Who is Roy Cohn? Attorney General Barr Draws Comparisons To Donald Trump's Former Personal Attorney and Loyal Fixer

roy cohn and sen. mccarthy
Attorney Roy Cohn talking to American senator Joseph McCarthy (right), circa 1954. Cohn served as Donald Trump's personal attorney and mentor for over a decade. Keystone/Hulton Archive/Getty Images

Democrat Adam Schiff, chairman of the House Intelligence Committee, said Donald Trump "is well on his way to having his own Roy Cohn" after Attorney General William Barr claimed that the FBI was "spying" on the president's campaign.

"I thought it was a grave disservice to the men and women of the bureau," Schiff told Politico. "I had deep concerns about him, given how he got the job, but this is far worse than I would have imagined."

Barr said Wednesday during testimony before a Senate Appropriations subcommittee that he plans to examine "the genesis and the conduct" of the FBI investigation into Trump and his 2016 campaign associates. "I think spying did occur," Barr said. "The question is whether it was adequately predicated."

Trump immediately applauded the attorney general, telling reporters that Barr was "doing a great job" and that they "beat" special counsel Robert Mueller and his investigation into Russian election interference and possible collusion.

The president has allegedly complained several times of not having a loyal "Roy Cohn" figure in the White House, referring to his former personal lawyer and fixer. The New York Times reported last year that after then–Attorney General Jeff Sessions recused himself from the Mueller probe, Trump demanded to know "where's my Roy Cohn?"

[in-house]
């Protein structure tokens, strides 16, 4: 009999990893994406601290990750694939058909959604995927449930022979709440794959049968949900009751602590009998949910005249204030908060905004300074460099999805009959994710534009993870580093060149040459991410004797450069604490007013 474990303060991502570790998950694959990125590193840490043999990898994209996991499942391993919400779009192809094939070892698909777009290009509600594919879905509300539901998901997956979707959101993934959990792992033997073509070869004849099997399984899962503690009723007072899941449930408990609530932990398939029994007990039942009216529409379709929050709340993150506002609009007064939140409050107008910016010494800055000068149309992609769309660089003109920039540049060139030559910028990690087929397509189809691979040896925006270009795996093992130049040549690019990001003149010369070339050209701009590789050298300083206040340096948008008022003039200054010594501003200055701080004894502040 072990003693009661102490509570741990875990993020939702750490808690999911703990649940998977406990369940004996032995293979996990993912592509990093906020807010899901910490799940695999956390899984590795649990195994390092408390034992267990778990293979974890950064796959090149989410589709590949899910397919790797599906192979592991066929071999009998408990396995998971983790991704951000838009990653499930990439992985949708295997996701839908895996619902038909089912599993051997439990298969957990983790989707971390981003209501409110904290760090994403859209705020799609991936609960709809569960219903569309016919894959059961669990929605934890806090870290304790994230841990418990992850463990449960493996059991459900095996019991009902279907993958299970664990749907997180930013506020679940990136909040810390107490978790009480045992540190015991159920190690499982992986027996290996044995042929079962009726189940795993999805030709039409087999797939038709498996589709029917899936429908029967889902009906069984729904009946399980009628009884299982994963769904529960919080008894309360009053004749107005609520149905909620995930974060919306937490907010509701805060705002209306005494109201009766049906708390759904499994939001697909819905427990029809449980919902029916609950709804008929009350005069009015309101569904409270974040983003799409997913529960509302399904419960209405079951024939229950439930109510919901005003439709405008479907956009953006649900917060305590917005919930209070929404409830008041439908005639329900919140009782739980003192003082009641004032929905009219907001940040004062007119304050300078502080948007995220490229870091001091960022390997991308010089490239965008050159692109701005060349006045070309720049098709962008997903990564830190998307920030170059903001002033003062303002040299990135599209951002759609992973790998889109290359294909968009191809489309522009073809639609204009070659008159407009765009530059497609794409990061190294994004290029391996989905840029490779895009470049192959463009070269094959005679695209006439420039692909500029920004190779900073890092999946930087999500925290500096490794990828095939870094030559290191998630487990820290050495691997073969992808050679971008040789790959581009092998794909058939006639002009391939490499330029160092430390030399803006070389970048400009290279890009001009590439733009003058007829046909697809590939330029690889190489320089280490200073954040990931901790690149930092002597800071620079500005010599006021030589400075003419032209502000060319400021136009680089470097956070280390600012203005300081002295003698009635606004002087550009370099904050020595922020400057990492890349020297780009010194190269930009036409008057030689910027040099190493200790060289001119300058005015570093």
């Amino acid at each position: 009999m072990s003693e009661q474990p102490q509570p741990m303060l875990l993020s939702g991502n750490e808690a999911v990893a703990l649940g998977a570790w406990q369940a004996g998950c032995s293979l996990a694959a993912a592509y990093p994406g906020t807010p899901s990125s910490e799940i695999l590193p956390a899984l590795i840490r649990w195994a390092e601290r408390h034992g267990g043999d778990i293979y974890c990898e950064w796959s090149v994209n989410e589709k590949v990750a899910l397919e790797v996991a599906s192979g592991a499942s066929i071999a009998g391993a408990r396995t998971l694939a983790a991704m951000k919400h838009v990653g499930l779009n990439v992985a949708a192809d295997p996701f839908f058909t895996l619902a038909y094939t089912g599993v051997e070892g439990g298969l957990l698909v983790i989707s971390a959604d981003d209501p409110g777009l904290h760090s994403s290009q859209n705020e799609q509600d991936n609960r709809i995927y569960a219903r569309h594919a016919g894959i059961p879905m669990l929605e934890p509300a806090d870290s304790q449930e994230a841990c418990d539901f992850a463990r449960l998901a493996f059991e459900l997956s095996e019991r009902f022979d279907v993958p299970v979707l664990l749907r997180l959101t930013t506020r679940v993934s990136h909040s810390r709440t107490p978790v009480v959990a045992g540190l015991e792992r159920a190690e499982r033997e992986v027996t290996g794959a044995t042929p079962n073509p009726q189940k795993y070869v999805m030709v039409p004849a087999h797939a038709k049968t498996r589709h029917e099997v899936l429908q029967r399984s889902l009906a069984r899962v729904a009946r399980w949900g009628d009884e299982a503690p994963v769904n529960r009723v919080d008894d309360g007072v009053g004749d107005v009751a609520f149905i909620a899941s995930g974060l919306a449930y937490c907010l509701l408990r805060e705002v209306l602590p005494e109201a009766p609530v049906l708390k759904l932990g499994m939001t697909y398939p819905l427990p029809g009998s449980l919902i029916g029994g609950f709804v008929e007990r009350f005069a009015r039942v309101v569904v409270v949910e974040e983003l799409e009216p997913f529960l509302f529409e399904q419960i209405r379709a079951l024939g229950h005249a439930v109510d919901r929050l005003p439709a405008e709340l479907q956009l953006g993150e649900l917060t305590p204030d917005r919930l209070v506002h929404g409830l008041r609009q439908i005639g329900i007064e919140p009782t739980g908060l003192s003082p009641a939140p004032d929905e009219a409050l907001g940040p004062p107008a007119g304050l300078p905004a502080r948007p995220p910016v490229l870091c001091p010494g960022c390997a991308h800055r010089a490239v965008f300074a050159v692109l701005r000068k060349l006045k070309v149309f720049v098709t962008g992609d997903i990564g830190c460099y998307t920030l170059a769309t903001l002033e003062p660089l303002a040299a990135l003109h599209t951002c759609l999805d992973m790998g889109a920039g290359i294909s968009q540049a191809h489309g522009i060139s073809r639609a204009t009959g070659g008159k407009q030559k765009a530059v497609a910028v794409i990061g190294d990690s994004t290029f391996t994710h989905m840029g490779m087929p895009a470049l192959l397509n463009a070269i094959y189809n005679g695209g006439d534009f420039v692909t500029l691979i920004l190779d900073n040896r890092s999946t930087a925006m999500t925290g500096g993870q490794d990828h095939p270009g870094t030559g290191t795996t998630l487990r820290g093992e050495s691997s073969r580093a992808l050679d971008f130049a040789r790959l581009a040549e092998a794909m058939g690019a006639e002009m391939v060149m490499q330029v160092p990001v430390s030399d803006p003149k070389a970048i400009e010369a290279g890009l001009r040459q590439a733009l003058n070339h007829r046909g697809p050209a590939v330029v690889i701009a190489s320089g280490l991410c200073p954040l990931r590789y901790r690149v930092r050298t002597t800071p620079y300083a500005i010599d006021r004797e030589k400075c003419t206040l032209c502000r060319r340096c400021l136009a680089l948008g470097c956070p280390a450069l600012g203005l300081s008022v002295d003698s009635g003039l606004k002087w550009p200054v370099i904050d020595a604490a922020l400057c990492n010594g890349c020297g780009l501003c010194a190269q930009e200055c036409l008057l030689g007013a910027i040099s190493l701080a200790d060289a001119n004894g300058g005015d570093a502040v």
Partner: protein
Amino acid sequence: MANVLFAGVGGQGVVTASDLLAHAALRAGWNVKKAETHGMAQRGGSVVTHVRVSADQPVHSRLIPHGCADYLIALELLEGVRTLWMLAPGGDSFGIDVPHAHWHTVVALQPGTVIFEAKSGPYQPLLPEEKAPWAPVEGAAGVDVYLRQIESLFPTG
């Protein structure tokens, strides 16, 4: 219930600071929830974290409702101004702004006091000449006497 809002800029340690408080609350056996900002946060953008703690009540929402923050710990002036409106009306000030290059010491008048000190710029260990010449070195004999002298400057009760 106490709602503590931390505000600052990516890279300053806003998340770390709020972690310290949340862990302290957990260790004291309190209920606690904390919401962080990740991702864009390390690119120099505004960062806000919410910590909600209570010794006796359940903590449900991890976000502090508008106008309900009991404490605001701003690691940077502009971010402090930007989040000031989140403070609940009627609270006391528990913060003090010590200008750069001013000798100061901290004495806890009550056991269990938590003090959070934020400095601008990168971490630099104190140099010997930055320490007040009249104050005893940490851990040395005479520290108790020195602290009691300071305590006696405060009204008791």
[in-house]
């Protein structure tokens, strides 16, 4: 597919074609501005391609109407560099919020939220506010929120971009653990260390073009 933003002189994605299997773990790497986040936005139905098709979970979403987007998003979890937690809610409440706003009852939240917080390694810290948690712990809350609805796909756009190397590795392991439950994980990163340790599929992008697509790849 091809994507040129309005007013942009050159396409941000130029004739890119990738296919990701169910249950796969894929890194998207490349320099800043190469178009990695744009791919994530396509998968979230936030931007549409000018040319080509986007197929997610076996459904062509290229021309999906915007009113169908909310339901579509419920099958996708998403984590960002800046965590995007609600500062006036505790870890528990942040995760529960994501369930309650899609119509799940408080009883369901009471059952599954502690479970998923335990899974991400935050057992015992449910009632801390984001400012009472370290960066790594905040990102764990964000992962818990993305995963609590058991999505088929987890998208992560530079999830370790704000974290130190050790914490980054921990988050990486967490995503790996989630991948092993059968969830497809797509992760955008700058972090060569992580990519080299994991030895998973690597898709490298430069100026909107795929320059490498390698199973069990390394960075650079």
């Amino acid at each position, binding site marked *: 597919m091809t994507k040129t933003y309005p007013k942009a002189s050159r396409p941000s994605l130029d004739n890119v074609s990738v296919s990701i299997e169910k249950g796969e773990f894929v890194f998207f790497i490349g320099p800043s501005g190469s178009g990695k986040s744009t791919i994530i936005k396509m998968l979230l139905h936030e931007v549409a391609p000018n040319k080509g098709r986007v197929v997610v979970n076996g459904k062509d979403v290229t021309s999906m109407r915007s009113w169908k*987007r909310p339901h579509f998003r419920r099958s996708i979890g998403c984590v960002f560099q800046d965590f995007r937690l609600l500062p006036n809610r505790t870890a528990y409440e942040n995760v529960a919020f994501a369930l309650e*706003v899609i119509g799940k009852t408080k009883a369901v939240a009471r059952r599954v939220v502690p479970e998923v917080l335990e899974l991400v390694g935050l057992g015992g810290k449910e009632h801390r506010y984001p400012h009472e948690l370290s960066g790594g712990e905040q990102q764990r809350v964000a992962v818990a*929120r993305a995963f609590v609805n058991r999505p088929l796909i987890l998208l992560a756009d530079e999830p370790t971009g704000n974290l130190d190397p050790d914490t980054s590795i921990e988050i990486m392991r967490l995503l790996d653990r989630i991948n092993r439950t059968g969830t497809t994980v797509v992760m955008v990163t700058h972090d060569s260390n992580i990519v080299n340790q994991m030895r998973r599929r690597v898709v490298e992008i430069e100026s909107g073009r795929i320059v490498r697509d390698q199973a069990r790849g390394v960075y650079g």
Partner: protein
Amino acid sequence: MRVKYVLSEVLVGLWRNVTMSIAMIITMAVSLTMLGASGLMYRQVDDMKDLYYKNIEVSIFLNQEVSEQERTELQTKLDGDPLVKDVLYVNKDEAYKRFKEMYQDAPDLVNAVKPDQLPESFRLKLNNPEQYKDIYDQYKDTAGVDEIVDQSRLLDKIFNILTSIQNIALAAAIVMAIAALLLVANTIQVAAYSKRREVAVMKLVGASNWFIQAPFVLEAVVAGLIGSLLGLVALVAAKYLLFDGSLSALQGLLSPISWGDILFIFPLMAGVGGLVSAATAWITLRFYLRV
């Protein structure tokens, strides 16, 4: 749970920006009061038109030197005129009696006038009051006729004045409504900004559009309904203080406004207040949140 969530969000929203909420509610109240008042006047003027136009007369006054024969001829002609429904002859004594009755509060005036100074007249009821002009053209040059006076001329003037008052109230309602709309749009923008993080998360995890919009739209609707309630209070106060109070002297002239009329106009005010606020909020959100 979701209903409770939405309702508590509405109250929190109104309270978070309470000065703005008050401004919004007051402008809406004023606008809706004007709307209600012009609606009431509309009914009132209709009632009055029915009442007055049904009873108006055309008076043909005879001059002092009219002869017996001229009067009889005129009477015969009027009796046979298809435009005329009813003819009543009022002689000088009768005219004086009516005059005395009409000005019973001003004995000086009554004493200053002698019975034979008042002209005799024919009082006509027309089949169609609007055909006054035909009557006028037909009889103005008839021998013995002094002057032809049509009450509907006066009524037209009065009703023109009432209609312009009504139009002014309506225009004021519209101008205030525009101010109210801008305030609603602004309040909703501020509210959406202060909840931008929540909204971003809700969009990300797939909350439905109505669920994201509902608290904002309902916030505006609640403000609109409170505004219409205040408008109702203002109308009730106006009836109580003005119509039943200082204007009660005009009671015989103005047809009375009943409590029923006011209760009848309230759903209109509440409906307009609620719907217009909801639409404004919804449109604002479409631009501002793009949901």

Cohn, a ruthless attorney who rose to fame during the McCarthy hearings in the 1950s, died of AIDS in 1986 at the age of 59.

Cohn served as the chief counsel to Senator John McCarthy during the investigations of alleged communists during the Red Scare. McCarthy called dozens of government officials, Hollywood producers and labor leaders who were suspected of being communist sympathizers before Congress.

After working with McCarthy, Cohn turned to private practice in New York, where he eventually began representing Trump, who at the time was a young developer. Cohn became Trump's close mentor and helped him to climb social and political circles in New York and grow his real estate empire.

According to Vanity Fair, there was a time when the duo would speak 15 to 20 times a day. In the 1980s, Trump said Cohn had been "vicious to others in his protection of me" and that he was a "lousy lawyer, but he's a genius."

Trump even testified on Cohn's behalf as a character witness during a disbarment hearing in the 1980s. Cohn was officially disbarred weeks before his death for ethical violations, including fraud, misrepresentation and dishonesty.

With Barr's handling of the special counsel's investigation, including accusations he may have skewed findings in order to be more favorable toward Trump, many have compared Barr to Cohn.

Barr has appeared before lawmakers in Congress several times this week. During his testimony, Barr wouldn't say if he shared information about the Mueller report with the White House. His use of "spying" echoed the comments of Trump and other critics of the investigation, who have claimed the FBI's inquiry was politically motivated.

"I think that's a betrayal of what he promised during his confirmation. But it is what he was hired to do, which was to protect the president. The president wanted his own Roy Cohn, and apparently, he's got one," Schiff told reporters on Tuesday.